Re:Browser - Networked App Framework (1)

tepples (727027) | more than 4 years ago | (#30516682)

Flash runs on Windows. It crawls on Mac and Linux, if anecdotal reports from other Slashdot users are to be believed.

I think you've got this almost exactly backwards (1)

mbessey (304651) | more than 4 years ago | (#30515288)

javascript is (finally) starting to evolve more rapidly into a reasonable language for application development. You can already get Javascript VMs with excellent performance, and they're only getting better. With the growing adoption of Javascript for server-side work, there's a lot more support for the kind of improvements in Javascript that "real programmers" want.

ECMAscript 5 is a step in the right direction, and Harmony will build upon that. And with Google, Apple, and Mozilla now all on-board to improve Javascript's improvement, it'll get better quickly, whether Microsoft is interested in keeping up or not, will become increasingly irrelevant.

One problem with Java becoming a first-class citizen in the browser is that it's often seen as an all-or-nothing proposition. The Java language, and some of the libraries, might be useful in that context, but the Java VM, the memory model, the class loader, etc, aren't really appropriate for use in an interactive browser environment.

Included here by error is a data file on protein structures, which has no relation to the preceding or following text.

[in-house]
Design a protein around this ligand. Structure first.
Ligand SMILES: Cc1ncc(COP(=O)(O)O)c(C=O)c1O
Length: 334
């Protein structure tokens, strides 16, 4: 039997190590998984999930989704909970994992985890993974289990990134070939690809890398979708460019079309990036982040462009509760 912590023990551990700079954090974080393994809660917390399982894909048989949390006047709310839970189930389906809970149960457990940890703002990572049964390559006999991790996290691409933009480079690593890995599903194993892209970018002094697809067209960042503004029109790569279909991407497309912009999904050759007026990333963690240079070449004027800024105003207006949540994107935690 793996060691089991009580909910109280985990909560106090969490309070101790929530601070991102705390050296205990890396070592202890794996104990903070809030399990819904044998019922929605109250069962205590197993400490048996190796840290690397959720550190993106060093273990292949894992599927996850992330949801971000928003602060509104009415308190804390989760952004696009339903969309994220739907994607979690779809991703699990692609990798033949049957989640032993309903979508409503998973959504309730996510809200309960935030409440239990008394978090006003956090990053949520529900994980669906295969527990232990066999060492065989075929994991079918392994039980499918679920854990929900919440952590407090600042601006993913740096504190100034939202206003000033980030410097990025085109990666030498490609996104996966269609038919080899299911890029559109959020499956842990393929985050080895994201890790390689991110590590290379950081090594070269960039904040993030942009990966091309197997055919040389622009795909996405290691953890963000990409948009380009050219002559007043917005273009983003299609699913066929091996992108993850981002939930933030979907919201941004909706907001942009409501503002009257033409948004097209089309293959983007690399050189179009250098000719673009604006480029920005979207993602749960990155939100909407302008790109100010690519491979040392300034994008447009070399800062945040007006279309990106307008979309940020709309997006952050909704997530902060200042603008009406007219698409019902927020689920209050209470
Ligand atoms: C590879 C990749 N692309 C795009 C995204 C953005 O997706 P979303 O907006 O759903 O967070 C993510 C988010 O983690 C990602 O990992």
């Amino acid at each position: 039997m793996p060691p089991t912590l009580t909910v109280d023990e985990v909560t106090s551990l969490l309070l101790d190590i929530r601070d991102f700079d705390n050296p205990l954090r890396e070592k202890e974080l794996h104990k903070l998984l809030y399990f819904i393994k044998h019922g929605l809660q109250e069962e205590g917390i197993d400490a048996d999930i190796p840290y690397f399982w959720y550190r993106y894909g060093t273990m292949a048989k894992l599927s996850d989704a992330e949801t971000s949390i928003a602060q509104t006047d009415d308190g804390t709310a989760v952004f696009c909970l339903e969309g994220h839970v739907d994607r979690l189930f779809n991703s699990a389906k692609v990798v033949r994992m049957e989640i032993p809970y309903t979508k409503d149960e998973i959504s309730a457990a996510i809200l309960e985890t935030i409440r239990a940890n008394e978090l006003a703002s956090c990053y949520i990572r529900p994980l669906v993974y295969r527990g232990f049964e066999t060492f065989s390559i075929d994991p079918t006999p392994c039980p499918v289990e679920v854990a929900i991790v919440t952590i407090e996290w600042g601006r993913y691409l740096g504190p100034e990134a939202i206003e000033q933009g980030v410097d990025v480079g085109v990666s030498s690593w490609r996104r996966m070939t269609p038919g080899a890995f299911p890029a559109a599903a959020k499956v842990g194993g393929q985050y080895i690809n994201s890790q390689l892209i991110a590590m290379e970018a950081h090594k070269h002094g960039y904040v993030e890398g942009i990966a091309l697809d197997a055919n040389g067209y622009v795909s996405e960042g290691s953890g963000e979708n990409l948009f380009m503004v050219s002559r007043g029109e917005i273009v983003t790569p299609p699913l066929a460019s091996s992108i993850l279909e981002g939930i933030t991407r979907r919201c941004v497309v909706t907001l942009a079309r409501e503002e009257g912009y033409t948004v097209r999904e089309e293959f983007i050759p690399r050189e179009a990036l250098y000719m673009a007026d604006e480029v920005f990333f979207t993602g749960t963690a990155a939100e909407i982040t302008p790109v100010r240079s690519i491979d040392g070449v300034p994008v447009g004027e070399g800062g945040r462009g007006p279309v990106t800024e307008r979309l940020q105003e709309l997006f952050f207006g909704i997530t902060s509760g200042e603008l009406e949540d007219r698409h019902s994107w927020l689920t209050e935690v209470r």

Re:Browser - Networked App Framework (0)

Anonymous Coward | more than 4 years ago | (#30506228)

The browser is just an application framework that includes a bad network API, bad rendering API, and a bad API to its other functions.

Fixed. Honestly, your other commenter says it better, but I thought the reasons browser development haven't taken over are fairly obvious.
I still don't really understand why people say Sun has failed to deliver, because Java is right here, and does a fine job. It would help if people spoke more objectively about these things. Java doesn't have an instantaneous startup time, web apps nearly do, so bam, for simple things we end up with web apps.

Java is all over the enterprise, in Avocent/Dell/Sun KVM clients, front ends to almost every single storage array, a wide assortment of enterprise apps, and so on.

Re:Browser - Networked App Framework (1)

jo42 (227475) | more than 4 years ago | (#30506320)

Let me explain it this way:
"developing browser applications" is lumping stuff [sticks, rocks, gum] together using duct tape.
"developing applications" is using proper tools [saws, drills] and materials [wood, steel, plastic, concrete] to build real things.

Re:Browser - Networked App Framework (2, Insightful)

Doc Ruby (173196) | more than 4 years ago | (#30506412)

I've been developing SW for 30 years, browser apps for 15. We do each of what you describe for both browser apps and standalone apps. That's not the distinction, even if browser apps are usually more of the ad hoc style than the engineering, and standalones a little more of the opposite.